What goes into a recommendation letter?
When I write a rec. letter, I’m expected to mention how long I’ve known the student and in what capacity. Hint: If I don’t know you well enough (i.e. you haven’t taken a class with me, you haven’t worked closely with me on PRSSA or something similar), it’s best not to ask for a letter.
Next, I’m expected to explain why I recommend the student. What are the student’s demonstrated abilities that make her/him right for the job? By demonstrated abilities, this means that I have to support my claims with specific examples from your performance. This often involves talking about your assignments and class performance. In fact, Clemson now requires you fill out a FERPA waiver* stating you allow me to discuss this confidential information in the letter. Hint: If you haven’t performed very well in my class, it’s in your best interest not to ask me for a letter.
Often, I’m expected to rank you among my other students. For example, I can state that “this student was in the top 1% of her class” or “in the top 5% of students I’ve ever worked with.” Hint: Ask for a recommendation from a professor who can rank you (very) high.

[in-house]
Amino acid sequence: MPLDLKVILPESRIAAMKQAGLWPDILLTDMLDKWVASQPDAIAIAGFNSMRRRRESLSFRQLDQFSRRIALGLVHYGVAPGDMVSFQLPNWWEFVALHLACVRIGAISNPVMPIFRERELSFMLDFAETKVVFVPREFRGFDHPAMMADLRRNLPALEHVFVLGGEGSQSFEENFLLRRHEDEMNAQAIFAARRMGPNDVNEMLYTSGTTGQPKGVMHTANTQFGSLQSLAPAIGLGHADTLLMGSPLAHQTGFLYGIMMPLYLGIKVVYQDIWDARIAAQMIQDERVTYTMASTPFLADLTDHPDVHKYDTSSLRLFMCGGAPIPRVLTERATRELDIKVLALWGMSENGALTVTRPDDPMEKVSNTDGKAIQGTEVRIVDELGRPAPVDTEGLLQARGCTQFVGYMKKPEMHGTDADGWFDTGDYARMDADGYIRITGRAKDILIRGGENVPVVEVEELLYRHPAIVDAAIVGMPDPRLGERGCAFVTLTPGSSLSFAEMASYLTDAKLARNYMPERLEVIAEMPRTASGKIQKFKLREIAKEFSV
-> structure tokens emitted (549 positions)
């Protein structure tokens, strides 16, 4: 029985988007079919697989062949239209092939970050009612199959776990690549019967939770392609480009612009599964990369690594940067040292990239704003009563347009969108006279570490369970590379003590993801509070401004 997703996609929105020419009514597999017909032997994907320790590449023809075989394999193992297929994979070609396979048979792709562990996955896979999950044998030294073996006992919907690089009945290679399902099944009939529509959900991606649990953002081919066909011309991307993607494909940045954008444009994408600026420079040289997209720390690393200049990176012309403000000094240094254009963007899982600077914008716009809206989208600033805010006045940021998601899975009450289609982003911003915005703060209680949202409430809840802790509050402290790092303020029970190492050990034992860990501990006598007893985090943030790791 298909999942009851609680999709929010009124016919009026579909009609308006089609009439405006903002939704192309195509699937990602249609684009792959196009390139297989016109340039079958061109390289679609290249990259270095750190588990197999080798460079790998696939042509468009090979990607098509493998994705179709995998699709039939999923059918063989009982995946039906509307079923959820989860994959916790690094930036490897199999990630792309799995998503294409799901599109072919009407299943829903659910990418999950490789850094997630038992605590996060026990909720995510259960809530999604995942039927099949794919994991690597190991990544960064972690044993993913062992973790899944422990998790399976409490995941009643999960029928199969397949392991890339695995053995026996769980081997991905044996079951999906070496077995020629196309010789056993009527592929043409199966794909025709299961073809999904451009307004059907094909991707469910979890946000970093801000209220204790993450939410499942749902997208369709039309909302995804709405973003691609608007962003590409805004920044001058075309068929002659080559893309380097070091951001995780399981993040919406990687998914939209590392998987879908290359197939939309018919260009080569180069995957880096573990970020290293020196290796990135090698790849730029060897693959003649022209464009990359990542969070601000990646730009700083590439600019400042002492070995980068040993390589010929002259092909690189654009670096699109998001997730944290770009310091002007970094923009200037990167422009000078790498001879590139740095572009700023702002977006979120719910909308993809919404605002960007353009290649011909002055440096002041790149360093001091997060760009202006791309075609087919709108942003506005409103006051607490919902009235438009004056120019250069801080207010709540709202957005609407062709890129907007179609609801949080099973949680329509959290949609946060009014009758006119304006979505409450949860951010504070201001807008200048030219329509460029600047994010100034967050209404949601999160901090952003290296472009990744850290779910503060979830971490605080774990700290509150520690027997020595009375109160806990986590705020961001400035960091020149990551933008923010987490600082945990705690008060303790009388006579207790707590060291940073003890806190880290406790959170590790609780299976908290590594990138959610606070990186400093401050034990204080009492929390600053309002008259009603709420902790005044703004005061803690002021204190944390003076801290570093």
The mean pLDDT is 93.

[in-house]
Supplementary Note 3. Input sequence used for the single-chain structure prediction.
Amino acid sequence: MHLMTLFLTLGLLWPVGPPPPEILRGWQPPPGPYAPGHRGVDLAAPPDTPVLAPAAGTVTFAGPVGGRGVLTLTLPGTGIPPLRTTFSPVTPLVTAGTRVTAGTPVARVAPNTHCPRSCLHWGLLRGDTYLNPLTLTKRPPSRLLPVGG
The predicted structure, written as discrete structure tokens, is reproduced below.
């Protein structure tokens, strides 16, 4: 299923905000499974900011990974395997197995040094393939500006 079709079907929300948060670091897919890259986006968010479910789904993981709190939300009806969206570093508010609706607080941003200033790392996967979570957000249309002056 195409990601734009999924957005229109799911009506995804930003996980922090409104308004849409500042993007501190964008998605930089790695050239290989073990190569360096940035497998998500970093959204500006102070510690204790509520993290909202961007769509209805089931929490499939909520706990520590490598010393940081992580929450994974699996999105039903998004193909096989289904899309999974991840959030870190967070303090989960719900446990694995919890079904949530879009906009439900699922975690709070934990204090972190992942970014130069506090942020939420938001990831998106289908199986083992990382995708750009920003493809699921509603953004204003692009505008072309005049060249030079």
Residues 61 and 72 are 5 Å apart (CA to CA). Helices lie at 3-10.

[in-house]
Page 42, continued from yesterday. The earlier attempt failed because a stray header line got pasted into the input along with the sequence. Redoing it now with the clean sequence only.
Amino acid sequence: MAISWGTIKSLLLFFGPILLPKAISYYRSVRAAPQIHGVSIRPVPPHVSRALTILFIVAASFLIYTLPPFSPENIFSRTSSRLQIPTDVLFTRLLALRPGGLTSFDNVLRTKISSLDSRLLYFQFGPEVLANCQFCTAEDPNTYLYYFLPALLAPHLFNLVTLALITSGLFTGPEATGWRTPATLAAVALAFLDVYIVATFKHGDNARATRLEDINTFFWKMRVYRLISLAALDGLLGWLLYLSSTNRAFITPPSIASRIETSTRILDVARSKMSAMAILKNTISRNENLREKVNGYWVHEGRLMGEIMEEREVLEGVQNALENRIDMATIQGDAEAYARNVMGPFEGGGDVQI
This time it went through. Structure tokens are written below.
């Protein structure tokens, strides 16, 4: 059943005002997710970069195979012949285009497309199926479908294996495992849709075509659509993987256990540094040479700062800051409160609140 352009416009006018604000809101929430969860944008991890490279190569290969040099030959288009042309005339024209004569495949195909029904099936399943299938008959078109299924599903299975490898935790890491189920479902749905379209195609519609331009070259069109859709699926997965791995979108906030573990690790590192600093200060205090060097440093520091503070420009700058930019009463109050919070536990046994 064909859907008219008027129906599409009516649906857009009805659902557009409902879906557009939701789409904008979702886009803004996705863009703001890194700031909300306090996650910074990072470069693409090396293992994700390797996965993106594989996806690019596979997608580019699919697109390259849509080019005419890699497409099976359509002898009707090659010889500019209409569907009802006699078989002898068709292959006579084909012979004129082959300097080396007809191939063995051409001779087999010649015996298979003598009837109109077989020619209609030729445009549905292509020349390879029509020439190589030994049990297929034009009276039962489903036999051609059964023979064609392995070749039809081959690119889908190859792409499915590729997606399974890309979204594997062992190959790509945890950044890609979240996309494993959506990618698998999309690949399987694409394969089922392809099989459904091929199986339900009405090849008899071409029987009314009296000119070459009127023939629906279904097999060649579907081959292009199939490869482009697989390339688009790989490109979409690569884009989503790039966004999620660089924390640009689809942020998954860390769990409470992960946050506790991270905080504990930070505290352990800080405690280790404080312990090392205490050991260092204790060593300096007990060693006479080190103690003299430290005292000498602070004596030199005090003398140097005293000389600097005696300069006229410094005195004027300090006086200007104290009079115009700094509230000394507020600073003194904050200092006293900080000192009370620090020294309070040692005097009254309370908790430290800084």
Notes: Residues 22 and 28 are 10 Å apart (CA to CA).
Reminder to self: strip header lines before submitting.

What should you send me along with your request for a letter?
First, think about who can give you a great recommendation based on your great performance. If you ask me for a letter but you’ve not done great in my class, you put both of us in an awkward position. I usually avoid to write letters if I can’t say that I highly recommend you for a position, without any reservations.
Second, contact the person and ask if they could write you a letter by a certain date. Or, ask if they agree to be listed as a reference. Never, ever list someone as a reference without getting their approval first! If they do agree, then:
Third, send a formal request including the items in the FERPA waiver*. Attach a current resume and the information about the position you’re applying for. Include a firm deadline by which the letter needs to be received (no, that cannot be “tomorrow” – it should be at least one week).
If you’re an employer and you read this, can you help out? What do you look for in recommendation letters professors write for their students?
Your request for a recommendation letter should include the following information (which you can type in the body of an email):
PERMISSION TO DISCLOSE STUDENT RECORDS UNDER THE FAMILY EDUCATIONAL RIGHTS AND PRIVACY ACT (FERPA)
I, _______, am currently or have been a student at Clemson University. I hereby give Clemson University permission to disclose the following student education records under the following conditions:
1. Student Education Records to be disclosed:
2. Person or entity to which the above-referenced Student Education Records can be disclosed:
3. Purpose for which the Student Education Records can be disclosed:
4. This permission to disclose Student Education Records will remain in effect until _______________